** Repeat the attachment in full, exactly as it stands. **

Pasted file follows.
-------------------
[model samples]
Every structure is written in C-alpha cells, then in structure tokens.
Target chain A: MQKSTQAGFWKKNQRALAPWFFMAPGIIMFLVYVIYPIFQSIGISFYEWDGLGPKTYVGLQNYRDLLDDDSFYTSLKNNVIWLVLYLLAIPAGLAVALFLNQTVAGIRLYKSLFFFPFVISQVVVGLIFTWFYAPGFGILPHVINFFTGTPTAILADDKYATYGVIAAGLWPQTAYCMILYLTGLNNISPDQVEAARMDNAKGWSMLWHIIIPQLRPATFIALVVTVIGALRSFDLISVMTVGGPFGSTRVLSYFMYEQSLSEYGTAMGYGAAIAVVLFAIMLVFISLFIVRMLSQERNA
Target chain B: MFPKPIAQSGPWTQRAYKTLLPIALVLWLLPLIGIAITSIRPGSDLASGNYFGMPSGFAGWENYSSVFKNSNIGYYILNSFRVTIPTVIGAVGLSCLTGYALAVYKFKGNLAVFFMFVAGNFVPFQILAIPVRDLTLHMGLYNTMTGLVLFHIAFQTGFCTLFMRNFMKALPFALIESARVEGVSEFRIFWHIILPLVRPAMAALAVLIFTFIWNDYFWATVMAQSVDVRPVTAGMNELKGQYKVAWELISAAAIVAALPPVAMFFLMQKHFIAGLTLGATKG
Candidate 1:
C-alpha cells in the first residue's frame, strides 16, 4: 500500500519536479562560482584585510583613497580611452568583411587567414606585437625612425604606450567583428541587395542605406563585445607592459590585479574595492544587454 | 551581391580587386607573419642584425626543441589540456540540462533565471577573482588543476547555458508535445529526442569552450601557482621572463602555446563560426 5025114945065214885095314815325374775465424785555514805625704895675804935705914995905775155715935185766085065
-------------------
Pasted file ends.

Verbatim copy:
[model samples]
Every structure is written in C-alpha cells, then in structure tokens.
Target chain A: MQKSTQAGFWKKNQRALAPWFFMAPGIIMFLVYVIYPIFQSIGISFYEWDGLGPKTYVGLQNYRDLLDDDSFYTSLKNNVIWLVLYLLAIPAGLAVALFLNQTVAGIRLYKSLFFFPFVISQVVVGLIFTWFYAPGFGILPHVINFFTGTPTAILADDKYATYGVIAAGLWPQTAYCMILYLTGLNNISPDQVEAARMDNAKGWSMLWHIIIPQLRPATFIALVVTVIGALRSFDLISVMTVGGPFGSTRVLSYFMYEQSLSEYGTAMGYGAAIAVVLFAIMLVFISLFIVRMLSQERNA
Target chain B: MFPKPIAQSGPWTQRAYKTLLPIALVLWLLPLIGIAITSIRPGSDLASGNYFGMPSGFAGWENYSSVFKNSNIGYYILNSFRVTIPTVIGAVGLSCLTGYALAVYKFKGNLAVFFMFVAGNFVPFQILAIPVRDLTLHMGLYNTMTGLVLFHIAFQTGFCTLFMRNFMKALPFALIESARVEGVSEFRIFWHIILPLVRPAMAALAVLIFTFIWNDYFWATVMAQSVDVRPVTAGMNELKGQYKVAWELISAAAIVAALPPVAMFFLMQKHFIAGLTLGATKG
Candidate 1:
C-alpha cells in the first residue's frame, strides 16, 4: 500500500519536479562560482584585510583613497580611452568583411587567414606585437625612425604606450567583428541587395542605406563585445607592459590585479574595492544587454 | 551581391580587386607573419642584425626543441589540456540540462533565471577573482588543476547555458508535445529526442569552450601557482621572463602555446563560426 5025114945065214885095314815325374775465424785555514805625704895675804935705914995905775155715935185766085065